Manufacturing Bits: Jan. 2

Better nanowires; SOI nanosheets; iCVD process.


Better nanowire MOSFETs
At the recent IEEE International Electron Devices Meeting (IEDM), Imec and Applied Materials presented a paper on a new and improved way to fabricate vertically stacked gate-all-around MOSFETs.

More specifically, Imec and Applied reported on process improvements for a silicon nanowire MOSFET, which is integrated in a CMOS dual work function metal replacement metal gate (RMG) flow.

The nanowire MOSFET and a related device, the nanosheet MOSFET, are aimed to replace today’s finFET transistors at some point in the future. In both cases, a finFET is placed on its side and is then divided into separate horizontal pieces, which make up the channels. A gate wraps around the channel. Compared to nanowires, the nanosheet FET has a wider channel.

Meanwhile, compared to previous work, Imec and Applied have made process improvements for the shallow trench isolation (STI), reduced vertical nanowires spacing, integration of a thinner nMetal process with low Vth capability, and DC/AC performance improvement.

In this work, the nanowire FETs are made on standard 300mm bulk CMOS wafers. In the flow, the first step is to make a super-lattice structure on a substrate using an epitaxial reactor. The super-lattice consists of alternating layers of silicon-germanium (SiGe) and silicon.

Then, a fin is patterned. The STI fill module is then performed, followed by dummy gate patterning, according to Imec and Applied Materials. “In-situ doped S/D (source/drain) are made up of highly-doped Si:P for NMOS and SiGe:B+Si:B liner (used as a protection barrier for S/D during NW release) for PMOS, with the flow available in both NMOS or PMOS epi S/D first integration schemes,” said Romain Ritzenthaler, device and characterization engineer at Imec and lead author of the paper.

Then, the SiGe layers are selectively removed in the super-lattice structure, followed by a dual work function RMG scheme. “By reducing the STI thermal budget and introducing a SiN STI liner, a reduced NW size loss and better shape controllability are demonstrated,” Ritzenthaler said. “Thanks to reduced STI oxidation, larger wires (featuring a width of 15nm and height of 11nm) with improved width/height aspect ratio can also be demonstrated.”

A device with reduced vertical nanowire spacing (12nm to 8nm) has been fabricated. With an improvement of ION/IOFF performance, a ring oscillator gate delay improvement from 24ps down to 10ps at matched VDD has also been demonstrated.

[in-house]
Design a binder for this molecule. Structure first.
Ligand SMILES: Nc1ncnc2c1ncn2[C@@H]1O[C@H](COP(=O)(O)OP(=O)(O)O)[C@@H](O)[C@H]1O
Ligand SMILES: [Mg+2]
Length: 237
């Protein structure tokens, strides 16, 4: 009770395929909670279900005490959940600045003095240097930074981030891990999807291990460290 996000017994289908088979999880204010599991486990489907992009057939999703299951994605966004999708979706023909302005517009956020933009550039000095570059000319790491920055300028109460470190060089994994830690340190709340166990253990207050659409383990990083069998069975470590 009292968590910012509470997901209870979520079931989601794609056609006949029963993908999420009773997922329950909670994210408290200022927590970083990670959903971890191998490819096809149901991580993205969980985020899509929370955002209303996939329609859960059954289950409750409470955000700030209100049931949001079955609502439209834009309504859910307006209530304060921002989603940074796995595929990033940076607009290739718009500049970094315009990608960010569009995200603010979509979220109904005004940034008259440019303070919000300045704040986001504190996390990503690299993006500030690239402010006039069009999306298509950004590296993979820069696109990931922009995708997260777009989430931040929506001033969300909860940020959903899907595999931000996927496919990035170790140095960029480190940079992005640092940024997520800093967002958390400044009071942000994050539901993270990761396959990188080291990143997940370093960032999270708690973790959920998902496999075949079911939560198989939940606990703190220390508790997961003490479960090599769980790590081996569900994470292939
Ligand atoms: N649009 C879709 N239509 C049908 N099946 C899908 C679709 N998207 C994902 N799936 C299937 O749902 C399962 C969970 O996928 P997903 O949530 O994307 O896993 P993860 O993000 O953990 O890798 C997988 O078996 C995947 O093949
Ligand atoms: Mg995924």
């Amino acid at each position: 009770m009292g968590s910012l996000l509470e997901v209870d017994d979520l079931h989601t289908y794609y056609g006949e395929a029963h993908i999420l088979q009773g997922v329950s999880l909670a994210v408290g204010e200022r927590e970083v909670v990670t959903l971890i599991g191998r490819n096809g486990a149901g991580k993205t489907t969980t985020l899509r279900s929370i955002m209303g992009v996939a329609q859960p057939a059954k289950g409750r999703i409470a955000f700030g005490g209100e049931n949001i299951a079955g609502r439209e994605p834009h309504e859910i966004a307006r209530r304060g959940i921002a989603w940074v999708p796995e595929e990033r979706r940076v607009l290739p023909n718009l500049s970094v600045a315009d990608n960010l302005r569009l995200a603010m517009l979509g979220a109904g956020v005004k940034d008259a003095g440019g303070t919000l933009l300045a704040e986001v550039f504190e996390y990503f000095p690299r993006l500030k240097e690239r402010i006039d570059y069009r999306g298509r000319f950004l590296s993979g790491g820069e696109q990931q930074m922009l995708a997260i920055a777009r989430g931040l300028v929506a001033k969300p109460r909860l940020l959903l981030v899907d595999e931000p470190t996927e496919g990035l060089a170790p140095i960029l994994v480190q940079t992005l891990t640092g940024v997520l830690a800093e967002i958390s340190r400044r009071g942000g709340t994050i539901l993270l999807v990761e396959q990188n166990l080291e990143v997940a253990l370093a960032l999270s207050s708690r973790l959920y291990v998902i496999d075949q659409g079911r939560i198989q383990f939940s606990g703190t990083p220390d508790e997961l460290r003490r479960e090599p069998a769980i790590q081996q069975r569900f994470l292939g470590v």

SOI nanosheets
In a separate paper at IEDM, CEA-LETI, STMicroelectronics and SERMA Technologies presented its results on a nanosheet FET based on silicon-on-insulator (SOI) wafers.

The transistors are processed on 300mm SOI substrates, with a replacement metal gate (RMG) process and self-aligned contacts. Variable sheets with widths up to 50nm have been demonstrated.

As with other FD-SOI devices, this technology also has back-biasing capabilities. “Back-biasing is herein efficiently used to highlight a drastic improvement of electrostatics in the upper GAA Si channels,” said Sylvain Barraud from CEA-LETI and lead author of the paper. “This allows to consider an additional lever to offer more power/performance flexibility in 3D stacked channels.

“Advanced electrical characterization of these devices enabled us to calibrate a new version of a physical compact model (LETI-NSP) in order to assess the performance of ring oscillators for different configurations of GAA FETs integrating up to 8 vertically stacked Si channels,” Barraud said.

What is iCVD?
Also at IEDM, KAIST, Lam Research and the Korea Aerospace University described a novel doping technique called an initiated CVD process or iCVD.

The process is tuned for an ultra-thin body (UTB) or SOI finFET. “To continue the success of the semiconductor industry even beyond the 10nm technology node, an ultra-thin body (UTB) in the form of a finFET and/or a SOI would be indispensable to minimize the undesirable short-channel effect,” said Jae Hwan Kim, a researcher at KAIST and one of the authors of the paper.

“However, this UTB approach faces more challenges with regard to process integration. Particularly, a conformal and high concentration doping technique within fin arrays has become a critical issue on next- generation devices. Conventional ion-implantation causes non-conformal doping and structural damage to the UTB, resulting in the degradation of the device performance,” Kim said.

Enter iCVD. This novel technique enables conformal, wafer-scale and controlled nanoscale doping of semiconductors at a high concentration. “To achieve a high doping concentration from a sub-10nm layer, an optimized integration process was developed in which copolymer p(BAO-co-V3D3) passivation for pBAO and double-step deposition for pTAP were used. This doping technique was successfully implemented with a SOI nFET. The proposed iCVD doping method showed the low enough sheet resistance for both the n-type and the p-type,” Kim said.

“The SOI nFET with iCVD doping at the source/drain regions exhibited better sub-threshold swing and on-current values than a SOI nFET with conventional ion implantation doping,” Kim said. “Compared to other diffusion doping methods, the iCVD process could achieve lower sheet resistance.”

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